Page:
B*&^%$# be like...I need a break.
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Niner fans be like...but we won five times!
Liberals be like...I hate guns.
I understand these are strictly informal constructs. But I"d need a native speaker"s (American glaskragujevca.net because most such memes seem khổng lồ originate in the US) take on:how casual these phrases are, i.e. If they can be used insemi-formal fiction writing?how this usage originate và if it has any affiliation to aparticular dialect group, e.g. Midwest, African-American, SouthernAmerican, etc.
grammar dialects syntactic-analysis
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edited Dec 6 "14 at 17:55
asked Dec 6 "14 at 17:45
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There are two, maybe three, different things going on here:
Habitual be, as John Lawler và J_LV observe, is characteristic of AAVE; it now appears khổng lồ be spreading from that dialect into the speech of ‘Millennials’, and I am informed by my 24-year-old son that the use is not entirely ironic: it is marked as non-standard but employed unselfconsciously. For instance, the common catchphrase Haters gonna hate may be paraphrased Haters be hatin.
‘Quotative’ BE like, with a finite khung of BE representing a singular event, is another matter. In the 1950s the very old dialect use of like as a ‘discourse marker’, with only a very remote sense of similitude, experienced a sudden upsurge among the ‘Beats’, và indeed became a conventional sign in the representation of the speech of jazzmen và their followers. By early sixties it had been widely adopted among trắng teenagers across the US (I cannot say when it gained currency in other speech communities), và it was about that time that I first remember encountering ‘quotative’ BE like.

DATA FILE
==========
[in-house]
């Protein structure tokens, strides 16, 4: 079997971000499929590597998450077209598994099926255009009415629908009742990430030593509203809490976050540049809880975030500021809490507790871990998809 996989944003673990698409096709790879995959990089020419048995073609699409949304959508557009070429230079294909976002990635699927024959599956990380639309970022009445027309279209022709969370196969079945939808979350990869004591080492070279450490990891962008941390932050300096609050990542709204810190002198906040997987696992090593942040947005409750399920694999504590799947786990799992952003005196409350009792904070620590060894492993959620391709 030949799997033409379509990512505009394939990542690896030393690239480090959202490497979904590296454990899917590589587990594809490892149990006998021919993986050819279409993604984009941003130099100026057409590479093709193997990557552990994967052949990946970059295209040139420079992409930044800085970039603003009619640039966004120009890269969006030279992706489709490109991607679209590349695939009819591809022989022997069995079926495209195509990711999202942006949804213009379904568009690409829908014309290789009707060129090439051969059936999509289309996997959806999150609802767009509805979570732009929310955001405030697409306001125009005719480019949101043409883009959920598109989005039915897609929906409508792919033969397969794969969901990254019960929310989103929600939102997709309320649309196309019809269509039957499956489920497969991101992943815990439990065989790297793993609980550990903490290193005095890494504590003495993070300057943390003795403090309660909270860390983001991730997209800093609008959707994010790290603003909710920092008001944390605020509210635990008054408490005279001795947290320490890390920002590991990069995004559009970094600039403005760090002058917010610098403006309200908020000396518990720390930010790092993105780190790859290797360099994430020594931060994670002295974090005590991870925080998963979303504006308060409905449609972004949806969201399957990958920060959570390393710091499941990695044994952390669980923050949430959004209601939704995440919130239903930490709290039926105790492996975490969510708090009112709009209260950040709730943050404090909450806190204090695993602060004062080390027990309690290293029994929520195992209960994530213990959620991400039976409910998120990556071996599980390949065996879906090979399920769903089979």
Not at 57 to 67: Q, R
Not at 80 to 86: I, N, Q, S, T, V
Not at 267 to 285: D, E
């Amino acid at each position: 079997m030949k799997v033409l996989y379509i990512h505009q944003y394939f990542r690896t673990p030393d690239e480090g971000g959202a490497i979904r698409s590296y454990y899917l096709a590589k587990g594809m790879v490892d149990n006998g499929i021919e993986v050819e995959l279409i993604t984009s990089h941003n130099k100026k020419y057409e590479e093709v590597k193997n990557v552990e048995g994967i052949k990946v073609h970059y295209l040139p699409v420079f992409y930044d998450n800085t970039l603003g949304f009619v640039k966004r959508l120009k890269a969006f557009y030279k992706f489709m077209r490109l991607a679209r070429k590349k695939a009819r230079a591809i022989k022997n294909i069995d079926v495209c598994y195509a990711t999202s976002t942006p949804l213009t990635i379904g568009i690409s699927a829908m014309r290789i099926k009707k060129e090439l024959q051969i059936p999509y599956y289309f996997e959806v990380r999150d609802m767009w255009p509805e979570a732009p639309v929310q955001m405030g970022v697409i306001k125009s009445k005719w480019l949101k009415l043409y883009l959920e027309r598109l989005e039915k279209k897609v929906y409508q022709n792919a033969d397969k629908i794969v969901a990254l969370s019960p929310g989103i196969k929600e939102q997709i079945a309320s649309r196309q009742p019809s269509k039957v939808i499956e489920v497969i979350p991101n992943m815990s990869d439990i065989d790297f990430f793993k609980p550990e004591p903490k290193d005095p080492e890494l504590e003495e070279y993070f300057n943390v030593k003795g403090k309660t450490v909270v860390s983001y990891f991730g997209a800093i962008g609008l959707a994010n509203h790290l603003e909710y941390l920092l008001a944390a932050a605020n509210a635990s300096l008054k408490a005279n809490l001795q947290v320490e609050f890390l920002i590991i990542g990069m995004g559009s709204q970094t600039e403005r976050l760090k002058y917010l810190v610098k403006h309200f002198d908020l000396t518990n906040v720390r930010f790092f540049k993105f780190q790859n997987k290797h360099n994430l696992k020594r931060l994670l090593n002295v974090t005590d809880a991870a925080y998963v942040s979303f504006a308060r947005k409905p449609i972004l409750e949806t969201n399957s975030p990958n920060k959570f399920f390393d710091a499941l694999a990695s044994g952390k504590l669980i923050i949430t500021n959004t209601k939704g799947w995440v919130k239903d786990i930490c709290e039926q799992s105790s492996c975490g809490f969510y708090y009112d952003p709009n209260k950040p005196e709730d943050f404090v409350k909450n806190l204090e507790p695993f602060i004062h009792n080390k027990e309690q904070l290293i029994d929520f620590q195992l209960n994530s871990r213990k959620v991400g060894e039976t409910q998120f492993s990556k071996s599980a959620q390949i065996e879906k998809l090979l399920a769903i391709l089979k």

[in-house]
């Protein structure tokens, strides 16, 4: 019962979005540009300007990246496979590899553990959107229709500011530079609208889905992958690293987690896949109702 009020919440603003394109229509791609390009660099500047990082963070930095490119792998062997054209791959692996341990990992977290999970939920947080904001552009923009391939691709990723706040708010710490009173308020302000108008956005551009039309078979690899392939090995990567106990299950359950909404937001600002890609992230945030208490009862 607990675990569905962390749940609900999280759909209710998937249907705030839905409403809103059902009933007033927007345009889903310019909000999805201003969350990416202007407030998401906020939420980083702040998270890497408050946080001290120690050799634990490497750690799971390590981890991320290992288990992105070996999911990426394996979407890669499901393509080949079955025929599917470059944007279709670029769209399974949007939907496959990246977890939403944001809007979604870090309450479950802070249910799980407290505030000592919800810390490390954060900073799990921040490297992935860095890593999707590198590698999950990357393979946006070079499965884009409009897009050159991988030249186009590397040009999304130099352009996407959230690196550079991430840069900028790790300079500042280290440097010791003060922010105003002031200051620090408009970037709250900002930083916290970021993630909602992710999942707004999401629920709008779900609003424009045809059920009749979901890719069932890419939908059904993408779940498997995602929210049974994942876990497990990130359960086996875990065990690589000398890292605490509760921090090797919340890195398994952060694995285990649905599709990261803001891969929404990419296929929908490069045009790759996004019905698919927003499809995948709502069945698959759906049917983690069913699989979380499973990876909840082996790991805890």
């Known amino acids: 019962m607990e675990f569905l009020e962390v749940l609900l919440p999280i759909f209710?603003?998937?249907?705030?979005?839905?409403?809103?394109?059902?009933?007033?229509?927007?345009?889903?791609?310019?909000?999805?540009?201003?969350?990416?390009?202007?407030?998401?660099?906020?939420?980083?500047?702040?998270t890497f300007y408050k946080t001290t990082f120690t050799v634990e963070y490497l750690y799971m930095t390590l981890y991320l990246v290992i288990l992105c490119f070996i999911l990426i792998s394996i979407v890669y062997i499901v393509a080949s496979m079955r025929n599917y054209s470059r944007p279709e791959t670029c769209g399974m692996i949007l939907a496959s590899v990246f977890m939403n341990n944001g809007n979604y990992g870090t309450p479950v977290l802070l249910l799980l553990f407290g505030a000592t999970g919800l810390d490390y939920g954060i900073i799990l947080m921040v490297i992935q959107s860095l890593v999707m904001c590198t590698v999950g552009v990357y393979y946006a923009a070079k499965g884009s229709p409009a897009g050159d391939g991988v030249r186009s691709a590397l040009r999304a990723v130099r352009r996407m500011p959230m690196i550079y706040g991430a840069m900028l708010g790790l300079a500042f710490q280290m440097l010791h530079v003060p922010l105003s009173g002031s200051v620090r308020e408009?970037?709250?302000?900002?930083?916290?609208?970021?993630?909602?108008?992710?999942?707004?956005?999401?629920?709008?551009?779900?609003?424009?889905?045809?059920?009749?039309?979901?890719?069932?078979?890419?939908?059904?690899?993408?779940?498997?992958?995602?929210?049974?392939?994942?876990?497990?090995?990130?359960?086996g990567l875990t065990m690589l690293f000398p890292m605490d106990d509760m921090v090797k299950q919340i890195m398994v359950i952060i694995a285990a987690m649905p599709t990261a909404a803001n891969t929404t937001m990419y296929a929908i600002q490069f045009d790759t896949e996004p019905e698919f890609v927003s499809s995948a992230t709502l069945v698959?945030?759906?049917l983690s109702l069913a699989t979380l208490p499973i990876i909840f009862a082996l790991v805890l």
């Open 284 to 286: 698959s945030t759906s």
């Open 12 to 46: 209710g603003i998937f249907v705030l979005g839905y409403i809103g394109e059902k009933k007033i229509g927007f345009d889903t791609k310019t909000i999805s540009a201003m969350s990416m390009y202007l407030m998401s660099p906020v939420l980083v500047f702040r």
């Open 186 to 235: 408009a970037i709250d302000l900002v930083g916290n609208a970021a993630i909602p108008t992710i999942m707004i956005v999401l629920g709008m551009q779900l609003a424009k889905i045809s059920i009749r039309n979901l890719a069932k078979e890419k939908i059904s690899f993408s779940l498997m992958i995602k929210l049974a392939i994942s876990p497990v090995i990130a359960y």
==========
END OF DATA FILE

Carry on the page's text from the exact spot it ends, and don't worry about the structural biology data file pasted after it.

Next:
Since then BE like (and bare like) has been in continual use. It is particularly associated in popular imagination with the speech of teenagers, particularly the Southern California dialect called Valspeak, but in fact it is not restricted to any region or sociolect: I hear it every day in casual use by people of every origin & every calling.
It is true, however, as J_LV says, that it is strictly a casual usage. It is not used in writing except where dialogue is represented; in fact, it would have no point in writing, since its characteristic use is khổng lồ represent what follows not merely as a quotation of someone’s words but as a representation, a mimesis, of that speaker’s performance. & in speech it is still more characteristic of teenage than adult speech, because as people grow older they achieve a firmer grasp of formal speech & avoid casual use when there is any sense that it may be inappropriate.
The utterances you quote marry these two senses: be is employed as a finite verb signifying habitual or generic application và like khổng lồ mark what follows as a representation of behavior. The answer from teenager Farooz Masroor confirms that this is employed across ethnicities to lớn “mock a certain stereotype of any group of people”.
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There is also (my son patiently explained to lớn me) another be like usage which marries both of these: X be lượt thích Y employs a mimesis of X’s just-occurred singular performance of Y to express that that Y is characteristic of X. “Watt be lượt thích doodly-whomp!” for instance states that J.J. Watt’s brutal sack of the quarterback is the sort of thing he does all the time. This may also be expressed as “Watt be all doodly-whomp!” —But this is only for immediate responses; with past events, the verb reverts lớn ordinary finite form.